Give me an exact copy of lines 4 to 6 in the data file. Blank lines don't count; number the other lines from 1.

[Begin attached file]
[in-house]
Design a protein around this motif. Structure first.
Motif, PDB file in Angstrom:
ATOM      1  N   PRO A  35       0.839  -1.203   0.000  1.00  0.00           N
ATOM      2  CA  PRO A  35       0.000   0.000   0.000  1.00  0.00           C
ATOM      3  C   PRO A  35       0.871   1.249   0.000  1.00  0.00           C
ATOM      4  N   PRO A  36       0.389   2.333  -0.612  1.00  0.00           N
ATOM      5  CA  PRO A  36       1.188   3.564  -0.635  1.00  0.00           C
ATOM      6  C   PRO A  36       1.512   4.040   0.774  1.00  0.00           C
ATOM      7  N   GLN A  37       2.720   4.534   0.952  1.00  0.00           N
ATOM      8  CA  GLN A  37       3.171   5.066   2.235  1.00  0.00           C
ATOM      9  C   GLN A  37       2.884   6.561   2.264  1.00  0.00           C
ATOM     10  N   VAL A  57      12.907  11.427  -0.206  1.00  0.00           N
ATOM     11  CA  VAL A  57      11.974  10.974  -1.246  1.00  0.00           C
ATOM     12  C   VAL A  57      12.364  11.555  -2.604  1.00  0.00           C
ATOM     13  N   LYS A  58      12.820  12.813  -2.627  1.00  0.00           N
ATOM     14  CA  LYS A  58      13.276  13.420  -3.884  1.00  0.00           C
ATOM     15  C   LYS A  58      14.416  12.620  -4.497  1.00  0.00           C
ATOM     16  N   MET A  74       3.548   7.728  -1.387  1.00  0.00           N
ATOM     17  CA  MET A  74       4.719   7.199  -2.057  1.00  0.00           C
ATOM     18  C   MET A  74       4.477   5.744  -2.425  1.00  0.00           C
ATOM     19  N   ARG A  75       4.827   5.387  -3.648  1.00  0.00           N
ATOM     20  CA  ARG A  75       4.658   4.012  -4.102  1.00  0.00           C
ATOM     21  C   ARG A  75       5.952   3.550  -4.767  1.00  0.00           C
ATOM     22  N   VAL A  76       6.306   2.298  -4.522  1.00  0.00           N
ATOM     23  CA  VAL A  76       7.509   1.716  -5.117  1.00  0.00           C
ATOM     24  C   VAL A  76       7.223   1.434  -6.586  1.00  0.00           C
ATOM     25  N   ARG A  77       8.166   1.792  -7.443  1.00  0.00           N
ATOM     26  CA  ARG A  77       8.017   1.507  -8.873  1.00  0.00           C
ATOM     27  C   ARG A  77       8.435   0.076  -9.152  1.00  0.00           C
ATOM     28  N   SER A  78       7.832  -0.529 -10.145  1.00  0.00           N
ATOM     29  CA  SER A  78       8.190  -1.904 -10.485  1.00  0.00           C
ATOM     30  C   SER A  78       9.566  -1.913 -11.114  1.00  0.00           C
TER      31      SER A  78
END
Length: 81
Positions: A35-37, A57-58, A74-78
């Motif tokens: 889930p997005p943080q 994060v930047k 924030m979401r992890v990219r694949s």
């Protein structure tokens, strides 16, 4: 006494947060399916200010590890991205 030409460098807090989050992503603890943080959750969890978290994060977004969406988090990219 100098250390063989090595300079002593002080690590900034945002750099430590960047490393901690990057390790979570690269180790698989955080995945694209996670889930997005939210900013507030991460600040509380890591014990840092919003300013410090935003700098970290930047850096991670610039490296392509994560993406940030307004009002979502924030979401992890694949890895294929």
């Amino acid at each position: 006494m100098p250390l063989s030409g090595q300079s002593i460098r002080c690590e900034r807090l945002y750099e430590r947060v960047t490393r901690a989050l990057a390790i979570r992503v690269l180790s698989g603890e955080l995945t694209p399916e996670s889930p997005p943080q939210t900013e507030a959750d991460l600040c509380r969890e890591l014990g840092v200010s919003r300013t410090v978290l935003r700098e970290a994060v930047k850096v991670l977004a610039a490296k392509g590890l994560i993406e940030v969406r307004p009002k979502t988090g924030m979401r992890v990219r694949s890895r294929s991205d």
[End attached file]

ATOM      1  N   PRO A  35       0.839  -1.203   0.000  1.00  0.00           N
ATOM      2  CA  PRO A  35       0.000   0.000   0.000  1.00  0.00           C
ATOM      3  C   PRO A  35       0.871   1.249   0.000  1.00  0.00           C